For the record, I loved the 2018 U.S. Open. We got to see four days of great players taking on Shinnecock Hills – William Flynn’s brilliant design, Coore & Crenshaw’s thoughtful restoration, and Jon Jennings et al’s beautiful presentation. No amount of setup snafu, quick rake nonsense, or bellyaching from various constituencies could dampen my enthusiasm.
All photos by Jon Cavalier
The internet produced a variety of strong reactions to the Open at Shinnecock. Some were well-reasoned and others were hyperbolic in the extreme. Setting reactions aside, following are my musings on what we’ve learned, and where America’s governing body might go from here with our National Championship.
For some time now, the USGA has been doing a fair bit of tinkering and way too much micromanaging. They are not the victims of happenstance or bad breaks. They have placed themselves in an untenable situation by trying to:
- appease players and manufacturers by not adequately regulating equipment technology,
- appease traditional hard-liners who demand carnage,
- appease casual fans who prefer birdies over bogeys, and
- appease par devotees who want to see a certain number on the scoreboard.
Combine these factors with the unpredictability of Mother Nature and the game of golf itself, and you have a recipe for outcomes that are guaranteed to frustrate and disappoint. Worse yet, the USGA’s insistence on pursuing this impossible balance to try and please everyone is distracting from what really matters – great players competing against each other on great playing fields.
As I watched Saturday’s action unfold, with the setup tipping over the edge, I ran a 24-hour Twitter poll to try and gauge how the carnage vs. playability balance was shaping up:
A day later, with the USGA arguably going too far in the direction of playability, I asked essentially the same question in a different way:
Although the second poll was much quicker, I doubt that the results would have changed had I let it run for 24-hours instead of 2. My conclusion? We the audience don’t really even know what we want. We are essentially impossible to please. The USGA would be better served choosing a position, and sticking to their guns knowing that some players and fans will gripe no matter what. With that approach, at least they will have maintained a discernible and authentic identity.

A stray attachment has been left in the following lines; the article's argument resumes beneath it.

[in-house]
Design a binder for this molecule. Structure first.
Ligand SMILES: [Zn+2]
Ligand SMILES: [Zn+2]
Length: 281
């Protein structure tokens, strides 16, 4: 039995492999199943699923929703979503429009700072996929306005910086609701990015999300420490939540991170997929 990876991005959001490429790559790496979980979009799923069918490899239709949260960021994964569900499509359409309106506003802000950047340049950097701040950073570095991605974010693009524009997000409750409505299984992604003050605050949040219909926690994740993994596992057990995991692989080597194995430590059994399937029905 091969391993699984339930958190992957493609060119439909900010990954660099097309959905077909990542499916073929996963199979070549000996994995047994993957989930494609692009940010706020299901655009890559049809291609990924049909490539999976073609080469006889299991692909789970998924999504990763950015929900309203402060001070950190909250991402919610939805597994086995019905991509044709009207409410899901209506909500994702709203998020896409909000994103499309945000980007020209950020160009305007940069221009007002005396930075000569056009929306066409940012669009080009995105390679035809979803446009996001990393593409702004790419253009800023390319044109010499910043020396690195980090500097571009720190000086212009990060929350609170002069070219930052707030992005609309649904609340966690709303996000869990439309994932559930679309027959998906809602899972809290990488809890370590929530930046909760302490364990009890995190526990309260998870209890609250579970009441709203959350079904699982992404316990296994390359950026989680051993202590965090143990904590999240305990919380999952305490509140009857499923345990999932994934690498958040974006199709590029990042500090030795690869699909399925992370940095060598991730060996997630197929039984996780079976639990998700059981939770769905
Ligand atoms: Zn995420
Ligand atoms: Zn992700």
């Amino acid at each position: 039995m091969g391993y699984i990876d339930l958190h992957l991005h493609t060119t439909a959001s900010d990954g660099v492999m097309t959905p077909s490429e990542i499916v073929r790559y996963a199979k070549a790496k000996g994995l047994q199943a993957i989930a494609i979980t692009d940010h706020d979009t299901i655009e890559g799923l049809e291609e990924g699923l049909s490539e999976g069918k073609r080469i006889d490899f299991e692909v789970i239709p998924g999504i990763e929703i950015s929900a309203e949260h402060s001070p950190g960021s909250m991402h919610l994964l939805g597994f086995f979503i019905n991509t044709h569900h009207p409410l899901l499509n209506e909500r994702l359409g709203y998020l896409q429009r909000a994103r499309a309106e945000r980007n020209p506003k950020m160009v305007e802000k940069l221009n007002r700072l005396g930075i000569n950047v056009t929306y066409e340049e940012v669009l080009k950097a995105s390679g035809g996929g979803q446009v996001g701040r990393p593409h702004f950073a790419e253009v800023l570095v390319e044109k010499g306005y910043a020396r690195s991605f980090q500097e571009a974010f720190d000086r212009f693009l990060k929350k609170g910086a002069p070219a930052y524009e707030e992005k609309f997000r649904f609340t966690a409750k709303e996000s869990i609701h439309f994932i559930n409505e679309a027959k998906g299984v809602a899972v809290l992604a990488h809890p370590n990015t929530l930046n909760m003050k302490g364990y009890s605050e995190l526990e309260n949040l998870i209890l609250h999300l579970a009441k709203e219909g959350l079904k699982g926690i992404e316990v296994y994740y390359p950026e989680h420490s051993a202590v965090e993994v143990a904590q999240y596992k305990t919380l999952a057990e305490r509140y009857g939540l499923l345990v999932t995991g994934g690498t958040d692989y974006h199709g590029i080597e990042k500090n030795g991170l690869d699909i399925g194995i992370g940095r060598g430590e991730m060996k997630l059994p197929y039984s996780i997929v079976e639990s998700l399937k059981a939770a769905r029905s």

THE PATH AHEAD
The definition of insanity is doing the same thing over and over again and expecting a different result. It’s time to stop the insanity.
If I were King, I would create a U.S. Open rota, with architectural interest and history being the weightiest considerations. I would not concern myself with charges of “elitism” in my rota selections. This is one of the most elite competitions in the world. Its venues can and should be elite as well. Making the game more inclusive is an important mission of the USGA, but the U.S. Open is not the vehicle for that mission.
My proposed rota is:
- Shinnecock Hills*
- Pebble Beach*
- Pinehurst No. 2*
- Winged Foot*
- Olympic Club
- The Country Club
- Los Angeles CC
- Cherry Hills
- Inverness (based on Andrew Green’s recent tune-up)
- Oakland Hills (contingent on Gil Hanse tune-up)
- Olympia Fields (contingent on Keith Foster tune-up)
*host more frequently than others
This rota provides geographic and architectural diversity and allows fans to get to know great courses by watching different player cohorts play them over the decades. Just because a course did not make my rota does not mean that I don’t want to see professional golf on that course. I very much want to see future events held at Chambers Bay, Bethpage Black, Erin Hills, and others. Let the PGA and PGA Tour cast a wider net with the PGA Championship, Ryder Cup and Presidents Cup that includes those great courses.
The rota being selected, my second act as King would be to simplify the rules for setup to a list of 3, and I would let the Golf Course Superintendent lead the preparation of the course for the tournament with consultation from the USGA that is not overbearing.
- Rough and/or native area that is nasty and penal, but only where the original architect intended for it to be.
- Very firm greens, but slow the putting surfaces down so that they stay alive and roll true.
- A mix of pin positions each day – some gettable, some next-to-impossible.
These setup rules would not be altered regardless of the weather. If Mother Nature helps the players one year, so be it. If Mother Nature crushes the players the next year, so be it. As King, I would offer no apologies to anyone based on their perceptions of difficulty, or lack thereof. You play in the National Championship, it is what it is. Deal with it. Because after all, that is the essence of the game itself, and as King, I would want my championship to pay homage to that essence.
THE ROTA IN PHOTOS
Now that I’ve shared my musings, I’m off to read what everyone else has concluded. Feel free to share your thoughts here, email me, or comment on social media. Already looking forward to Pebble…
- Read Geoff Shackelford’s roundup and commentary from his site here
- Read Michael Clayton’s commentary piece for Golf Australia here
MORE GEEKED ON GOLF MUSINGS:
- Geek Dad’s Diary Pt.1 – The Best Birthday Gift
- Musings on Greenkeeping
- Musings on Greatness
- The Year that the GeekedOnGolf Tour Ended
- 2016 Golf Tour
- 2015 GeekedOnGolf Tour
- Wilson & Me
- New Year’s Shift
- My Bucket List – U.S. Open Venues
- 2014 GeekedOnGolf Tour
- Want to Improve Pace of Play?
- Short Game Game Plan
- These Are a Few of My Favorite Things
- Making It Right is Alright with Me
- 2013 GeekedOnGolf Tour
- End of Season Wrap-up
- From Putt Putt to Punchbowl
- A Slip of the Mind
- Coming Full Circle
Copyright 2018 – Jason Way, GeekedOnGolf